That is the story found throughout the bible. This is the story in David and Goliath. Israel needs someone to save her and God raises up David and enables and empowers David to defeat the giant Goliath. This is the story in Esther. God’s people are about to exterminated and God saves them through Queen Esther. God is the one who provides salvation and the bible is filled with stories proving it.

The place where God provides ultimate salvation is at the cross. All of the other times and places God saved his people were preparing and pointing to the cross. On the cross, Jesus, God incarnate, bore the consequences of his people’s sin. There God poured out all of his wrath on Jesus so that those in him would be redeemed from our sin. Jesus’ name points to this fact. Jesus means “YHWH saves”. The first thing this passage teaches is that God is the one who provides salvation and he does that through Jesus’ death on the cross.

Second, this teaches that salvation is only possible because of God applies it to us. Because we are unable to choose salvation ourselves, God has to make it possible for us. He does that by renewing our hearts and minds. That’s what Jesus says in John 3. In that passage, Jesus is talking with Nicodemus and he says, “Truly, truly, I say to you, unless one is born again he cannot see the kingdom of God” (John 3:3). The word again, could also be translated as “from above”. Jesus is saying that we need to be born from above.

The way we are born from above is through the Holy Spirit. The Holy Spirit renews and regenerates our hearts and minds. He does that by blowing on us. He blows on our hearts breathing life into our dead hearts. That’s what Jesus says in John 3:8. It is only possible for us to have renewed hearts and minds because the Holy Spirit revives us.

The Holy Spirit when he revives us, he applies the redemption of Jesus Christ to our hearts. He applies the saving benefits of Jesus’ death and resurrection to our hearts. He seals the benefits of the Jesus’ redemption on our hearts like a king seals a letter with his signet ring.

Now, once he has renewed our hearts and minds we can and do choose God. That is when it is possible to love the Lord our God with our whole hearts and minds and souls. Before the Holy Spirit renewed our hearts and minds by blowing life into them, we were able to sin and unable to not sin. We could freely choose to sin and we could only choose to sin.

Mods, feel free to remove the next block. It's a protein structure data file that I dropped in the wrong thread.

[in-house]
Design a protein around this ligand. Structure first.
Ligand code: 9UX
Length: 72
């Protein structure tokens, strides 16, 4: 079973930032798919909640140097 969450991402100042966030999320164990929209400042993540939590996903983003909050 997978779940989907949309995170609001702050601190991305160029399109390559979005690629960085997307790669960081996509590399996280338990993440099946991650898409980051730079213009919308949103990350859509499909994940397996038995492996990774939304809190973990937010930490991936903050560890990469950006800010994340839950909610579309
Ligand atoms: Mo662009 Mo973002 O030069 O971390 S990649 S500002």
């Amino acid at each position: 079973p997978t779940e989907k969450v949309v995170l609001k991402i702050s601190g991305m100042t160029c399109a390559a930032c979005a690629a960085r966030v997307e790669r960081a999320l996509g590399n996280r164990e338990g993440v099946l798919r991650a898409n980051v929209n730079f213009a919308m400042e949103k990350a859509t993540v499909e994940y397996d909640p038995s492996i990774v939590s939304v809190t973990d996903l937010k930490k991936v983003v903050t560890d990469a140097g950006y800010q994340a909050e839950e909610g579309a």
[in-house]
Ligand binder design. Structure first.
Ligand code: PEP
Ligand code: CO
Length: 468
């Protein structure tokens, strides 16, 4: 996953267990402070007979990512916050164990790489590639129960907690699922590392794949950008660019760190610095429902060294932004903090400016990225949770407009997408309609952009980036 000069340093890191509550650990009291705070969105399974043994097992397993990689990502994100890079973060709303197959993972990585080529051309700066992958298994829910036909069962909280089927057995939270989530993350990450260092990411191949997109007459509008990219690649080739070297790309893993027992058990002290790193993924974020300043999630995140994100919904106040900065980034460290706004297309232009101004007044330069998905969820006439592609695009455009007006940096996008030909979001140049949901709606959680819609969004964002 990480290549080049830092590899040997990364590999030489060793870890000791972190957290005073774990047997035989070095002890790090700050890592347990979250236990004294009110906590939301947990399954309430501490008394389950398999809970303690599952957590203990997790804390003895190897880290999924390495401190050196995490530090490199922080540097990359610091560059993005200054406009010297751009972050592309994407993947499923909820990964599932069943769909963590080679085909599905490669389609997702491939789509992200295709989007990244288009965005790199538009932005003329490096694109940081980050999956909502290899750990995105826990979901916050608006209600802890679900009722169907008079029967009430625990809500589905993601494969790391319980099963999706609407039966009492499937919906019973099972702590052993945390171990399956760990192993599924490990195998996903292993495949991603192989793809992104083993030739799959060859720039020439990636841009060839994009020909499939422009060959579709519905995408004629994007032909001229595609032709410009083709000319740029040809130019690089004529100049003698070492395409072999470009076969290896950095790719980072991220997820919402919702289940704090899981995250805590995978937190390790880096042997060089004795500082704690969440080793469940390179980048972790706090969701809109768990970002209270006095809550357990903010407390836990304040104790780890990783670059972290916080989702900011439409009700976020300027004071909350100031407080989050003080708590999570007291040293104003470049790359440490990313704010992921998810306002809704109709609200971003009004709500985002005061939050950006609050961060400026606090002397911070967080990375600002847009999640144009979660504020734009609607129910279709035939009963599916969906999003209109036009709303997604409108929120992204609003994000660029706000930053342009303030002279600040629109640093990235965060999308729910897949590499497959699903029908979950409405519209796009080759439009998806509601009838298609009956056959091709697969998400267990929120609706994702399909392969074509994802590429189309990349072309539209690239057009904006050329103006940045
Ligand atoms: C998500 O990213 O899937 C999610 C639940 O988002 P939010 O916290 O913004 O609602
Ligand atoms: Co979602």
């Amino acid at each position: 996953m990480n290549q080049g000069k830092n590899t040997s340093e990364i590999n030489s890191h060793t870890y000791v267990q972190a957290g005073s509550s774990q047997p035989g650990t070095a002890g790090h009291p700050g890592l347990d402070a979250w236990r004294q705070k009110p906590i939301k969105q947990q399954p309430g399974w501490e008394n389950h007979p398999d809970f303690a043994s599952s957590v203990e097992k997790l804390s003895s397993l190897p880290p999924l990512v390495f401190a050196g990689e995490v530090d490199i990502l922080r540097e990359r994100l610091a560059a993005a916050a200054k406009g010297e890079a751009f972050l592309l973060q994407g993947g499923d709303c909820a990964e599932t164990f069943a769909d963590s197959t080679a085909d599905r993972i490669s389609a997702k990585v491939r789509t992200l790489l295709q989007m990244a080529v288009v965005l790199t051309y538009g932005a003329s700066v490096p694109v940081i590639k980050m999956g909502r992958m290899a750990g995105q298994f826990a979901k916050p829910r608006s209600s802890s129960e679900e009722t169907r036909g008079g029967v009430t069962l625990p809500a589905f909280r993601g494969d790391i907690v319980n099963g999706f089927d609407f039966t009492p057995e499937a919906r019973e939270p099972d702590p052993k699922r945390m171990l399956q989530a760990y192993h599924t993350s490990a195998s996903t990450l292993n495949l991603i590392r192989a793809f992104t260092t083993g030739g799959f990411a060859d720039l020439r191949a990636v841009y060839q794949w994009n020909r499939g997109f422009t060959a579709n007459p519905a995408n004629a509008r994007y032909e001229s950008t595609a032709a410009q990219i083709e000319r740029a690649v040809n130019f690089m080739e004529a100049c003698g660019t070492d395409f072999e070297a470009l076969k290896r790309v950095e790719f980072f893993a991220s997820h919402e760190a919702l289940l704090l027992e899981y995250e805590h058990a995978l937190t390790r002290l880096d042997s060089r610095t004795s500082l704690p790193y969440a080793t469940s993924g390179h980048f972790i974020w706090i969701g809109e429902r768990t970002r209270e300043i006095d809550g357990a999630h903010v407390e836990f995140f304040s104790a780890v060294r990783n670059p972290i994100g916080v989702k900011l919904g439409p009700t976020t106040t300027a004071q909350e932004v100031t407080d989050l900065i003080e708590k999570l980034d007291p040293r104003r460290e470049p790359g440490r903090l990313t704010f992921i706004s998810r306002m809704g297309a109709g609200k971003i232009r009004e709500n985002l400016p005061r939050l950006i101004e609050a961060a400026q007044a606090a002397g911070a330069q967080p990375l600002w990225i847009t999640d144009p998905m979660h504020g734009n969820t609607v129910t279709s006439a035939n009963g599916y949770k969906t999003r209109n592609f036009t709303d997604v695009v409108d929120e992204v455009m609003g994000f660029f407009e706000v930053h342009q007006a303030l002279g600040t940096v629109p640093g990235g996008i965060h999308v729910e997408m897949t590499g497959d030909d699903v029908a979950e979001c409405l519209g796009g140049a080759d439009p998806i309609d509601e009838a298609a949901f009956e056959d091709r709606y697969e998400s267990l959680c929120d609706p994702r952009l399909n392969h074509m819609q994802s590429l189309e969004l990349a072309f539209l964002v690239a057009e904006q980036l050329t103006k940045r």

But once the Holy Spirit renews our hearts and minds, we are enabled to not sin. Yes we continue to sin because sin still affects us but we can now choose not to sin. It is because the Spirit is dwelling within us that we are able to choose the things of God and to love him with our whole hearts, and minds, and souls. We then choose not to murder because we love God and those who bear his image. We then choose not to steal because we love our neighbor.

That is only possible because God has the ability to save his people, which he has done through Jesus’ death and resurrection. The Holy Spirit then applies that redemption to our hearts.

God alone is able to provide salvation to his people and he alone can apply that salvation to their hearts.

Now, I know that this isn’t the most popular doctrine. Maybe some of you are sitting there and objecting thinking that this doctrine impedes mission and evangelism; if God is the one who causes someone to come then why do mission? I find this to be comforting. This takes the pressure off of me. If God is the one who renews hearts and minds then I don’t need to have an airtight argument for Jesus. If God is the one who renews hearts and minds then I don’t need to have an answer for every question. It takes the pressure off of me and I feel freed up to share the gospel to the best of my ability and if God so chooses he will work through me to renew someone’s heart and mind. God is the one who has the ability to save and to renew hearts and minds.

And because God has the ability to save his people, we respond. We respond by obeying his command to follow. In following Jesus we might leave behind wealth, as Peter, Andrew, James, and John almost certainly did; we might leave behind our mothers and fathers; we might leave behind pet projects. But Jesus promises that those who have been born from above and given renewed hearts and renewed minds will receive infinitely more in the life to come.

Where we are unable to provide salvation for ourselves, God is able. His strength is made perfect in our weakness.

[1] The Holy Bible: English Standard Version. (2016). (Mk 10:17–31). Wheaton, IL: Crossway Bibles.

[2] Westminster Confession of Faith, IX.3